Some of the world's imperiled animals, including sharks, manta rays,
rhinoceroses, turtles and elephants -- traded for body parts to make soup, medicines and other goods -- received new protections from an international convention that concluded Thursday.
Five species of sharks and two types of mantas were added to a global list of threatened animals whose commercial trade is regulated. Also approved were steps to enforce bans on the trade of endangered rhinos and elephants and new efforts to protect 47 species -- mostly Asian -- of turtles and tortoises.
These measures, proposed by the U.S. government, won passage from a group of 178 countries that belong to CITES (Convention on International Trade in Endangered Species of Wild Fauna and Flora), meeting this year in Bangkok. The group, begun in 1973, meets every two to three years to decide which animals are imperiled enough to warrant either a ban or a limit on their trade.
"This was a landmark meeting. We had a lot of gains," says Ginette Hemley of the World Wildlife Fund, an environmental group that monitored the talks. She says illegal wildlife trade, valued at $7.8 billion to $10 billion annually, is "now recognized as a serious crime."
In parts of Africa, she says, trades in ivory from elephant tusks are used to finance insurgency groups that destabilize governments. She says the horns of rhinos are prized, especially in Thailand, because of the "mistaken belief they cure cancer and hangovers." Her group says poachers killed a record 668 South African rhinos last year.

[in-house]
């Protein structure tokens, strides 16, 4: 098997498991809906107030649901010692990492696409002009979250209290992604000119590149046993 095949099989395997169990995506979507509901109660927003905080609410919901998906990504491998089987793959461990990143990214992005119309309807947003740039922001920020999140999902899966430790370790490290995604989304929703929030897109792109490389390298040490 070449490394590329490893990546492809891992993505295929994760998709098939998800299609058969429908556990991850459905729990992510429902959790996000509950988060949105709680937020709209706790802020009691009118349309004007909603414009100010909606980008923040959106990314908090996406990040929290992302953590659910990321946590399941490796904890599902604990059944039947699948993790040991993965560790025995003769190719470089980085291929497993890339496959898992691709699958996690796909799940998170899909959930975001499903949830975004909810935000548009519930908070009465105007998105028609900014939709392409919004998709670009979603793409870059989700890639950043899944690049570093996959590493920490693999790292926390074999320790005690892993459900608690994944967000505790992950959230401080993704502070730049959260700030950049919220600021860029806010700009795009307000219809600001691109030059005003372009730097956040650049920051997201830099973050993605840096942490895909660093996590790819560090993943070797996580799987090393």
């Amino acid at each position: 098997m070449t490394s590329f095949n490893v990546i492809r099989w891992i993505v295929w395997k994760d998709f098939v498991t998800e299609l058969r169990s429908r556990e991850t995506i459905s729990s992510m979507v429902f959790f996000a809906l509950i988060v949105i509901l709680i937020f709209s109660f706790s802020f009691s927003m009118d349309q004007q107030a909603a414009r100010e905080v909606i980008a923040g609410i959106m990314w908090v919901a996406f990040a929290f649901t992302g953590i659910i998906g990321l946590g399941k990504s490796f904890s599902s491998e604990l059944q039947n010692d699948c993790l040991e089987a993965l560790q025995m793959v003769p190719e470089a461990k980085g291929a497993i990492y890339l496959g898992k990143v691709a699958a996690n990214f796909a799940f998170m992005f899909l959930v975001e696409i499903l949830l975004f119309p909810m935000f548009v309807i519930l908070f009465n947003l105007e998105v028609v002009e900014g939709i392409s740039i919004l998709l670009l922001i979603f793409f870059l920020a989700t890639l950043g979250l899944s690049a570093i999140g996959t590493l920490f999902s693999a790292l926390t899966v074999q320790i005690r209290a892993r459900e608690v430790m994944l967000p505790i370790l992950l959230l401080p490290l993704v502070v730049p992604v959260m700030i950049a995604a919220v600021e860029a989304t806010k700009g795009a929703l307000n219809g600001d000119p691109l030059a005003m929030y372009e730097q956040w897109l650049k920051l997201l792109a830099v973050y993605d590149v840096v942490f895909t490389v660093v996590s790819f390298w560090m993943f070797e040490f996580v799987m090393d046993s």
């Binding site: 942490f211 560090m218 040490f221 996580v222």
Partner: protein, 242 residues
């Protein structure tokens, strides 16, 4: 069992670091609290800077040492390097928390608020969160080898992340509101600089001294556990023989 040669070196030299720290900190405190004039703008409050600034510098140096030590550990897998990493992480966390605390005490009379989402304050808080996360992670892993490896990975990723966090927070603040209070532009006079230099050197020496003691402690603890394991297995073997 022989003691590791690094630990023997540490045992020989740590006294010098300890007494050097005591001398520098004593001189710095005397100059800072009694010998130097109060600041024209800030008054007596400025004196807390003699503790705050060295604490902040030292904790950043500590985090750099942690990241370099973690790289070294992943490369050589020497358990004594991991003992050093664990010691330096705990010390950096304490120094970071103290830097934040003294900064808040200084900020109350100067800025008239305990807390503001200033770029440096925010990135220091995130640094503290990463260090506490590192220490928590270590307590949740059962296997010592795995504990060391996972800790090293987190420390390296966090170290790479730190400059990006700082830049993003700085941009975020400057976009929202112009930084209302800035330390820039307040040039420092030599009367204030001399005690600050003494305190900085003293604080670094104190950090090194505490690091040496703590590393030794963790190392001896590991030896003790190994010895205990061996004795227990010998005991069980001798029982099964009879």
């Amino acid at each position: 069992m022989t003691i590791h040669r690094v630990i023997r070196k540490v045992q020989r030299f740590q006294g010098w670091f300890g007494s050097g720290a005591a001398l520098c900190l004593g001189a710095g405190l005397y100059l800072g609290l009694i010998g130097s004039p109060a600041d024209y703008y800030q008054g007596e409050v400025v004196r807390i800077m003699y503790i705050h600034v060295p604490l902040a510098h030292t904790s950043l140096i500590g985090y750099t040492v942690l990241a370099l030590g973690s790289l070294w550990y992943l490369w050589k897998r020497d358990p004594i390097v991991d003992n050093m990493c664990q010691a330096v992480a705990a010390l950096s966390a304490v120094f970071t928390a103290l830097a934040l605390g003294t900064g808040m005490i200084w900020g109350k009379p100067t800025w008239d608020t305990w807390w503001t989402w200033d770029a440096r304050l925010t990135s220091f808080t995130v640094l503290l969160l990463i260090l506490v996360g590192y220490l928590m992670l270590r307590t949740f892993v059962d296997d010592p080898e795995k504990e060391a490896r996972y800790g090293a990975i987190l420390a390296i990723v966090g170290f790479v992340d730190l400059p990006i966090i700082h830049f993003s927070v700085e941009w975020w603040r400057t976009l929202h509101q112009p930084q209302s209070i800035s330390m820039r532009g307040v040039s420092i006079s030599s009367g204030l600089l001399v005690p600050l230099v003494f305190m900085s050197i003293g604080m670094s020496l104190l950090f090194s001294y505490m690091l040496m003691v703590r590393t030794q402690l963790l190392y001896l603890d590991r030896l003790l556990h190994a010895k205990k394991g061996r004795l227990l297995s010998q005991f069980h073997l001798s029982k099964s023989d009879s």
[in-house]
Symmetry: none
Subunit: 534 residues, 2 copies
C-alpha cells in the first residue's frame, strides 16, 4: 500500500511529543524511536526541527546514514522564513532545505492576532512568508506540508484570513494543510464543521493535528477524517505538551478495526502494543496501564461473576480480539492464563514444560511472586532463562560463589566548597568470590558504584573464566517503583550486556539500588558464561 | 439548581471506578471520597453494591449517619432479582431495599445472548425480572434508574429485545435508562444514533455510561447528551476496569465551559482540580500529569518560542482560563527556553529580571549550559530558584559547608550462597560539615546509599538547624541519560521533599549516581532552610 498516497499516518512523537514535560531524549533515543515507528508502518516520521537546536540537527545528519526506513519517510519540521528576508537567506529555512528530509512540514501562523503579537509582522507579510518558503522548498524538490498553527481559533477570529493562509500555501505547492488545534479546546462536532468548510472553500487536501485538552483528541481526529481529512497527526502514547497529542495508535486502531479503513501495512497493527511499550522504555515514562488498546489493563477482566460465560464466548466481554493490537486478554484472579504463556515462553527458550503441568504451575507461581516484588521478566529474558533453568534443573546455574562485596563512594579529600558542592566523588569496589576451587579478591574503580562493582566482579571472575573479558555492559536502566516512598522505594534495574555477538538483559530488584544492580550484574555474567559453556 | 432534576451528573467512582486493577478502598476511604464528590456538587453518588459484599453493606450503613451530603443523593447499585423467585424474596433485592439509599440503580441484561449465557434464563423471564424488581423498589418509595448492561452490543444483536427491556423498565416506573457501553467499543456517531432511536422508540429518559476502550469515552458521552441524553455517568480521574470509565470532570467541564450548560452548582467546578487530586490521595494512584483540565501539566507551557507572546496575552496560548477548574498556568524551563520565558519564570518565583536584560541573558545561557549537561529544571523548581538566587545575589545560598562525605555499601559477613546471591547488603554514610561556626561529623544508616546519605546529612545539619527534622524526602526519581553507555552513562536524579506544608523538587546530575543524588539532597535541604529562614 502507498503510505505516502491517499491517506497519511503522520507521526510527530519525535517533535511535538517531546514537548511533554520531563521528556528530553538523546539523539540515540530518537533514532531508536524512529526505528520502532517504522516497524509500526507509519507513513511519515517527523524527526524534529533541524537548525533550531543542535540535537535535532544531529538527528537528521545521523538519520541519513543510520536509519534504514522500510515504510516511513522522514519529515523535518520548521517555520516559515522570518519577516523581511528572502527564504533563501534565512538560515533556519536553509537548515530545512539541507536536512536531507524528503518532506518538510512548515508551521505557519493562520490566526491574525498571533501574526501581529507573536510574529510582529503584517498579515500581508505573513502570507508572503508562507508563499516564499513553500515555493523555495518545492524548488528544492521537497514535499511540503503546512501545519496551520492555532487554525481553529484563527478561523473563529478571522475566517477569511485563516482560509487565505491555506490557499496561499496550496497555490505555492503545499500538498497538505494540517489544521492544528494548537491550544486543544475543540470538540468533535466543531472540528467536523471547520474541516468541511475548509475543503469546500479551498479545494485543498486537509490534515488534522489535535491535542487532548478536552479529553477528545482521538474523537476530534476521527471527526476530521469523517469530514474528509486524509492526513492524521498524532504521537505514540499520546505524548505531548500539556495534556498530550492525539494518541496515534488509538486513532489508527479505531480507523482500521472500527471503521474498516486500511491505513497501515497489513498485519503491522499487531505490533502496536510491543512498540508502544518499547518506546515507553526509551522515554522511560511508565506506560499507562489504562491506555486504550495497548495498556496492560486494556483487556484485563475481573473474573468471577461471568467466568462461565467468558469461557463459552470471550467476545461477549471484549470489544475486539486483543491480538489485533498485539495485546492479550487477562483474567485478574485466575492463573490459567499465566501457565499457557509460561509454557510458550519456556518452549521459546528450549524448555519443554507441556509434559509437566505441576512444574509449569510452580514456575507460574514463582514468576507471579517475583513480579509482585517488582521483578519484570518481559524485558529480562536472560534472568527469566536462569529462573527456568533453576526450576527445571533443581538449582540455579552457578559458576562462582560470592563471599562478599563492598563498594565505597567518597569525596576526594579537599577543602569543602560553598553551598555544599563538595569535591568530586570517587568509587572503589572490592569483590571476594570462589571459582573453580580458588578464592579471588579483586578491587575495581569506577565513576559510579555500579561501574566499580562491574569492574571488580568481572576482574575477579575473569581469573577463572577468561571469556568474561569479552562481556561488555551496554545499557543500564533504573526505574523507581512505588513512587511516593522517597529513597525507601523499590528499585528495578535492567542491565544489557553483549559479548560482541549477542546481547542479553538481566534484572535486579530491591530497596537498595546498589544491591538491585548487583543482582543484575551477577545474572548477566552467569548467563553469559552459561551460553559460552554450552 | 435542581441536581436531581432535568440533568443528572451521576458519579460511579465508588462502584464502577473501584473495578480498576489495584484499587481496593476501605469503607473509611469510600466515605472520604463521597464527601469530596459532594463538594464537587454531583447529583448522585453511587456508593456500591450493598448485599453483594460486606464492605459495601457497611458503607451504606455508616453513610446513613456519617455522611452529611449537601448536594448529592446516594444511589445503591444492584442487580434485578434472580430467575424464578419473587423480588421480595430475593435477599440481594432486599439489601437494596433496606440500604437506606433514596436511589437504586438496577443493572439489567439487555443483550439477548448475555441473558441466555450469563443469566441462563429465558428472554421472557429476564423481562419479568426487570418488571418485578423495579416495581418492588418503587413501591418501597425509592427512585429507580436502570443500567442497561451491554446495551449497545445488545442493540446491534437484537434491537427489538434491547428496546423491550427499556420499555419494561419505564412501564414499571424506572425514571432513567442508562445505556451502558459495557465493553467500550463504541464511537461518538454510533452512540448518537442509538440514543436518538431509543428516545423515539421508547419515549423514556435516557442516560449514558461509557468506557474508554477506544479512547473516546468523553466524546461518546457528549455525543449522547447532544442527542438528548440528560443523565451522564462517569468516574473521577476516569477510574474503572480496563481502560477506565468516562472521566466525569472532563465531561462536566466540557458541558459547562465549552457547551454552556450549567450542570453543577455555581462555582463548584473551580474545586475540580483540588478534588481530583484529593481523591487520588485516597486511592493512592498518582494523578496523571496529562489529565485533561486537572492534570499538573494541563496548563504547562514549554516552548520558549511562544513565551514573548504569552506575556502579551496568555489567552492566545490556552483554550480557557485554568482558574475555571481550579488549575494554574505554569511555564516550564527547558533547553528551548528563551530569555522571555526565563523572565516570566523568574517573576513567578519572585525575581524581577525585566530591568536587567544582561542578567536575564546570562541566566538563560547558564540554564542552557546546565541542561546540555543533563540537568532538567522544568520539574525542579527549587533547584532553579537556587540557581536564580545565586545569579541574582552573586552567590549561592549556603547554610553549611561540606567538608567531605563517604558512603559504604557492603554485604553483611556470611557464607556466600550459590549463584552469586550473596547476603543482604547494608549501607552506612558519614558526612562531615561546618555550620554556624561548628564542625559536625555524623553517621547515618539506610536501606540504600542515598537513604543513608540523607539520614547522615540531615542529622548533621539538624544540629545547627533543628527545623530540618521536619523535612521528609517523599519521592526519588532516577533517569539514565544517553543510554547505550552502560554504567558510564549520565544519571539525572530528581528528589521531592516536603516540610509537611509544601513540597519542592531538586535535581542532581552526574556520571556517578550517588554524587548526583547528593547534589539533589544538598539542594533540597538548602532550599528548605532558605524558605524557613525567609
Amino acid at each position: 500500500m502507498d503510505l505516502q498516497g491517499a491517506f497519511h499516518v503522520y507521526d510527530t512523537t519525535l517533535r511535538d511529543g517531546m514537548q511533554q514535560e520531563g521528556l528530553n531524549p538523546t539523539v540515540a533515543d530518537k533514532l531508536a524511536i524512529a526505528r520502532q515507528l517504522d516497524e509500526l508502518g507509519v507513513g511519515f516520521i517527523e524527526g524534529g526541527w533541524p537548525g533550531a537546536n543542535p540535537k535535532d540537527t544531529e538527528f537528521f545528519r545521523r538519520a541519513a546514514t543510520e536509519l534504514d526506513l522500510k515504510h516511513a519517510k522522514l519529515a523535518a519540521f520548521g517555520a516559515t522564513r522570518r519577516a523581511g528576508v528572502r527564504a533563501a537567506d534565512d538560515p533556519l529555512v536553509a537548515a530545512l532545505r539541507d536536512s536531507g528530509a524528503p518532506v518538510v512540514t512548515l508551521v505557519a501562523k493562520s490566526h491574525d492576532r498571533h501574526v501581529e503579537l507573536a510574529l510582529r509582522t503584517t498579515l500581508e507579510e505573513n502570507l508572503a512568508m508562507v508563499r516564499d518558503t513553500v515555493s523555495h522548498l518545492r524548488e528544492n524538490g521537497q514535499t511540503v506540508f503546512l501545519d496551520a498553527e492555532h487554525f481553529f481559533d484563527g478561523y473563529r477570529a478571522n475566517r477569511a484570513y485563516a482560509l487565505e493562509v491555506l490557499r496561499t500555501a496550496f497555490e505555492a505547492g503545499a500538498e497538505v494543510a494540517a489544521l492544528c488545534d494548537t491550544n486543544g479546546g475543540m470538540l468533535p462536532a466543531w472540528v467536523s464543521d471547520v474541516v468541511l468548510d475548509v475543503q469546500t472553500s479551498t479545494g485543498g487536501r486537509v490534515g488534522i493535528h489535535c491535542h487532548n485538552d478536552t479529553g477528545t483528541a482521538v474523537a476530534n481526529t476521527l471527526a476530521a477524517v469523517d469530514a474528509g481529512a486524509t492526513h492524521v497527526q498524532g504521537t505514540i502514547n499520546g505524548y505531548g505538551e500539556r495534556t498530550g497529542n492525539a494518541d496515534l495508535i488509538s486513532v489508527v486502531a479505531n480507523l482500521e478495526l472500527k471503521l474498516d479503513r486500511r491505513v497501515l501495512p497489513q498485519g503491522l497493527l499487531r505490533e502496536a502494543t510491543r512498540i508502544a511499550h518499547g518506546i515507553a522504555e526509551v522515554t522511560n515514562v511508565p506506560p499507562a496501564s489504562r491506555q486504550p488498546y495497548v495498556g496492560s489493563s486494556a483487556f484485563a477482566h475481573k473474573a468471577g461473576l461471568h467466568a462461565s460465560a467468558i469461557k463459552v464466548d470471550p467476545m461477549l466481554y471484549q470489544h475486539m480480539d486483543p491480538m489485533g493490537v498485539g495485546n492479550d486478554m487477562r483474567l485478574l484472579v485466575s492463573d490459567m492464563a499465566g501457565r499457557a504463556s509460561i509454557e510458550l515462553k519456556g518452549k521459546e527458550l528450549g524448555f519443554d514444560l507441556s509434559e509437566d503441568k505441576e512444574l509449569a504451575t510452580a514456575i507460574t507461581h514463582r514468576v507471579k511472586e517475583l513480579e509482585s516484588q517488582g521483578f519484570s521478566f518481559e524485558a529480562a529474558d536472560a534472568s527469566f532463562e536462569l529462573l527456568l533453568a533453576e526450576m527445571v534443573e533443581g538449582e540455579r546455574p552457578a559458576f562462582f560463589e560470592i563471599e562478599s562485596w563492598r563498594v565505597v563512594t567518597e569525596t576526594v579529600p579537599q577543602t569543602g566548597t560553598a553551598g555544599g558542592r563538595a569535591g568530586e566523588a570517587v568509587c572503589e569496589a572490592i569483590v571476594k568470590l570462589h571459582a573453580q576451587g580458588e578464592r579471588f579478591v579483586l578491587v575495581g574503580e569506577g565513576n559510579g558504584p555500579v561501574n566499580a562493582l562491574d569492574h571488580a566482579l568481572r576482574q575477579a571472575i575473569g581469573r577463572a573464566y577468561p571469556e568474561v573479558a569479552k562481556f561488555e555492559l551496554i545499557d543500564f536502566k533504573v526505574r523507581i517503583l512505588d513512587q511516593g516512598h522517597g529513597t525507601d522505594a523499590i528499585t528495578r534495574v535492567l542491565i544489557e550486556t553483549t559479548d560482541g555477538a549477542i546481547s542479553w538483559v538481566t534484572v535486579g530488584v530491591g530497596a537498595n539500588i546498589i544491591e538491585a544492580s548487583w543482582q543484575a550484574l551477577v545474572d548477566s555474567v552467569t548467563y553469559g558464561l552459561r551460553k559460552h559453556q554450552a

CITES voted to require the eight countries where the most ivory and rhino horns are illegally traded (China, Kenya, Malaysia, the Philippines, Tanzania, Thailand, Uganda and Vietnam) to boost enforcement or risk sanctions. They took similar steps with Vietnam and Mozambique, the largest traders of rhino horns. Unless these countries improve, they could be barred from trading any wildlife with other CITES members.
"The shark proposals were probably the most significant advancement," says Dan Ashe, who heads the Fish and Wildlife Service, which led the U.S. delegation. He says they're the first CITES protections for sharks that are traded in large volumes, often for their meat and their use in Asian shark-fin soup.
The five protected shark species include the oceanic whitetip, scalloped hammerhead, great hammerhead, smooth hammerhead and the porbeagle.
Sharks and manta rays, whose gill plates are sold as a purifying tonic, are vulnerable to overfishing, because they are slow to mature and have few offspring.
The only major U.S. proposal that didn't succeed, Ashe says, was an effort to ban the commercial trade of polar bears, which are hunted for their skins, claws and teeth. He says climate change, notably the melting of Arctic sea ice, is the primary reason for their endangerment, but trade has become an increasing problem. He says Russia supported a trade ban, but Canada and Greenland did not.
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